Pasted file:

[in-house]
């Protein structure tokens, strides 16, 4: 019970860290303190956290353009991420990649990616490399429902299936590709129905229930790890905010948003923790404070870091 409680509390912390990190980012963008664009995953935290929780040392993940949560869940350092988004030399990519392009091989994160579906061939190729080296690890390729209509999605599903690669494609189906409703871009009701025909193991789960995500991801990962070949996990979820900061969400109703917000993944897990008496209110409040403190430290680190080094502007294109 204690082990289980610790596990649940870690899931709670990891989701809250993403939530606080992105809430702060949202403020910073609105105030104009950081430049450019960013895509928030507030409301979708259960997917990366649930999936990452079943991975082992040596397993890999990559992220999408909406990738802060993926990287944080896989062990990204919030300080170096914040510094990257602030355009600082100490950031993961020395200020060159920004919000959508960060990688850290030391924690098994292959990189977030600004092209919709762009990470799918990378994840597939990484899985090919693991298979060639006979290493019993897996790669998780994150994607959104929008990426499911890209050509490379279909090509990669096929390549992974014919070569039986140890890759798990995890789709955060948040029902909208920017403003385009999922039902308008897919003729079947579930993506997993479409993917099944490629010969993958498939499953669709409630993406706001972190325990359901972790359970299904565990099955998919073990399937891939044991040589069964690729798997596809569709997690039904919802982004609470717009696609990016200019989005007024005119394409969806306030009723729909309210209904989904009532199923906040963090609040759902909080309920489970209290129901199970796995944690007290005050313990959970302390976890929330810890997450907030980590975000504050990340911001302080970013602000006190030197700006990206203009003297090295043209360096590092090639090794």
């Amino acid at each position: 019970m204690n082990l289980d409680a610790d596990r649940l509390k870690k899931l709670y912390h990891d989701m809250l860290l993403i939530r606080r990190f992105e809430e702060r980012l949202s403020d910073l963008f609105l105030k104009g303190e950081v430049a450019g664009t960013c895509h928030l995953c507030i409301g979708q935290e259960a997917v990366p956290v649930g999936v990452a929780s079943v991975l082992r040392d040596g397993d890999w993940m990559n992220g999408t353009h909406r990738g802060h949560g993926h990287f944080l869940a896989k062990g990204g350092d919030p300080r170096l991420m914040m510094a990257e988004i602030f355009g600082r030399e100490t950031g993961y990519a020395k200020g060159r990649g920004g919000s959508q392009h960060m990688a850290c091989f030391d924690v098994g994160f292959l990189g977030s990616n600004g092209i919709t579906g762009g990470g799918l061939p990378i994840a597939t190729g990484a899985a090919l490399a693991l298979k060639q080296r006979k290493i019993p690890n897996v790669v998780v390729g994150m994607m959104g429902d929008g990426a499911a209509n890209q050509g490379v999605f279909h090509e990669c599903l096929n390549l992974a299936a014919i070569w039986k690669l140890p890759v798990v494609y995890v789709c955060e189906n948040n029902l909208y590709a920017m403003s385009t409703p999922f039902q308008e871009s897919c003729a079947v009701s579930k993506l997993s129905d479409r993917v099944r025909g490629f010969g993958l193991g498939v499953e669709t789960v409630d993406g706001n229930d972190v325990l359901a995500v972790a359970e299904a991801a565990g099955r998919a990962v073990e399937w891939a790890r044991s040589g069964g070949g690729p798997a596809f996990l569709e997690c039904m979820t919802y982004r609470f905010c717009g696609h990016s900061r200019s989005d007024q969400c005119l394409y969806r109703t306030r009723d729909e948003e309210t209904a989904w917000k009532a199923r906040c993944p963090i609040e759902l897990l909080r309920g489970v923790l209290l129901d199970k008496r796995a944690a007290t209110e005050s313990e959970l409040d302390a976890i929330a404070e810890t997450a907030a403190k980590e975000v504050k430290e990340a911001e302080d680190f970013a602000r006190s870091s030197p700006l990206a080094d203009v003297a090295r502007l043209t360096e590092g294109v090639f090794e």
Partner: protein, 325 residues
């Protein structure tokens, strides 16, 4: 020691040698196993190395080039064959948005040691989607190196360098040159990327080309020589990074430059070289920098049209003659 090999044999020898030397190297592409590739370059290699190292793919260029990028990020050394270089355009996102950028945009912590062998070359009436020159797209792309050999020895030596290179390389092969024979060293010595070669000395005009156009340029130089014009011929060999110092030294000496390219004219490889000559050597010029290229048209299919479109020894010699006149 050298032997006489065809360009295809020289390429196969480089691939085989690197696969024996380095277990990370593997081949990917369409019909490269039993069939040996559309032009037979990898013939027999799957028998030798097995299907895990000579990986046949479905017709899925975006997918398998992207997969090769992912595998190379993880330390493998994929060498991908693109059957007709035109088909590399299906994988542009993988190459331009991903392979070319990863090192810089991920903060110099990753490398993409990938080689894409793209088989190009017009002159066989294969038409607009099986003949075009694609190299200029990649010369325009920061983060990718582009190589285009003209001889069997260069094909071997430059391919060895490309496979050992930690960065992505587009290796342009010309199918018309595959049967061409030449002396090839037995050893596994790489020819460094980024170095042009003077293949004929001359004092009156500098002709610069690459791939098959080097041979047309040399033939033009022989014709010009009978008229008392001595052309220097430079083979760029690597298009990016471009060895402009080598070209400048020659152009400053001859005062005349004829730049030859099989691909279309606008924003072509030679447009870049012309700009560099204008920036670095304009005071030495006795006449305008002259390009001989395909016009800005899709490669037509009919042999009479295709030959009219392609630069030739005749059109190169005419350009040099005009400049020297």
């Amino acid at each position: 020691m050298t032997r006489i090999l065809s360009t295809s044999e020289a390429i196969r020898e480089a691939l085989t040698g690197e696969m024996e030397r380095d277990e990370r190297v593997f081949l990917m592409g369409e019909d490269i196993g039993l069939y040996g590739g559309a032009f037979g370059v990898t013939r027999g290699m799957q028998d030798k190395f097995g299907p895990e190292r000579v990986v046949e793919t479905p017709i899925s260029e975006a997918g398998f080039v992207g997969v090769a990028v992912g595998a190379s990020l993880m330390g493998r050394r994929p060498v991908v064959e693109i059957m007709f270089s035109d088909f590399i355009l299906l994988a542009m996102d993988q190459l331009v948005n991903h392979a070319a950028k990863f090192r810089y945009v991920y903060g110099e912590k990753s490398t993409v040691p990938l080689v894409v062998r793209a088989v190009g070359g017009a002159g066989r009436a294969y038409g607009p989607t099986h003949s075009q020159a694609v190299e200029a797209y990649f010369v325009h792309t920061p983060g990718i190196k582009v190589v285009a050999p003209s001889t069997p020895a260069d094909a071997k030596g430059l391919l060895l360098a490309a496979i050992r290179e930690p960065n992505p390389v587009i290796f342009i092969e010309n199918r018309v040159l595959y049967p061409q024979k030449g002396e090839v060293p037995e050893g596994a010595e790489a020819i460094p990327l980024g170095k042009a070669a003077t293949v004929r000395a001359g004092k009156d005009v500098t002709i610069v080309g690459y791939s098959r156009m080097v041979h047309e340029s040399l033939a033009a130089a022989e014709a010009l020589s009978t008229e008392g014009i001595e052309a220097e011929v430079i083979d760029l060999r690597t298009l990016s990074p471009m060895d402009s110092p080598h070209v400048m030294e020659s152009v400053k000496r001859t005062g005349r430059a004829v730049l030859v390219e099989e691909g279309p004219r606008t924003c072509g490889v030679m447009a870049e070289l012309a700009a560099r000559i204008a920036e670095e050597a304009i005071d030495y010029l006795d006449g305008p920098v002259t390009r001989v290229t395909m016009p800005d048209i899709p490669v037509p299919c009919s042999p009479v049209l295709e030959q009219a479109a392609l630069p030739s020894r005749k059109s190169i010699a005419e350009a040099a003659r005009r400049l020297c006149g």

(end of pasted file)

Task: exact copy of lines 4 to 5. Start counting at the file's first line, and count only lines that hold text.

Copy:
Partner: protein, 325 residues
């Protein structure tokens, strides 16, 4: 020691040698196993190395080039064959948005040691989607190196360098040159990327080309020589990074430059070289920098049209003659 090999044999020898030397190297592409590739370059290699190292793919260029990028990020050394270089355009996102950028945009912590062998070359009436020159797209792309050999020895030596290179390389092969024979060293010595070669000395005009156009340029130089014009011929060999110092030294000496390219004219490889000559050597010029290229048209299919479109020894010699006149 050298032997006489065809360009295809020289390429196969480089691939085989690197696969024996380095277990990370593997081949990917369409019909490269039993069939040996559309032009037979990898013939027999799957028998030798097995299907895990000579990986046949479905017709899925975006997918398998992207997969090769992912595998190379993880330390493998994929060498991908693109059957007709035109088909590399299906994988542009993988190459331009991903392979070319990863090192810089991920903060110099990753490398993409990938080689894409793209088989190009017009002159066989294969038409607009099986003949075009694609190299200029990649010369325009920061983060990718582009190589285009003209001889069997260069094909071997430059391919060895490309496979050992930690960065992505587009290796342009010309199918018309595959049967061409030449002396090839037995050893596994790489020819460094980024170095042009003077293949004929001359004092009156500098002709610069690459791939098959080097041979047309040399033939033009022989014709010009009978008229008392001595052309220097430079083979760029690597298009990016471009060895402009080598070209400048020659152009400053001859005062005349004829730049030859099989691909279309606008924003072509030679447009870049012309700009560099204008920036670095304009005071030495006795006449305008002259390009001989395909016009800005899709490669037509009919042999009479295709030959009219392609630069030739005749059109190169005419350009040099005009400049020297």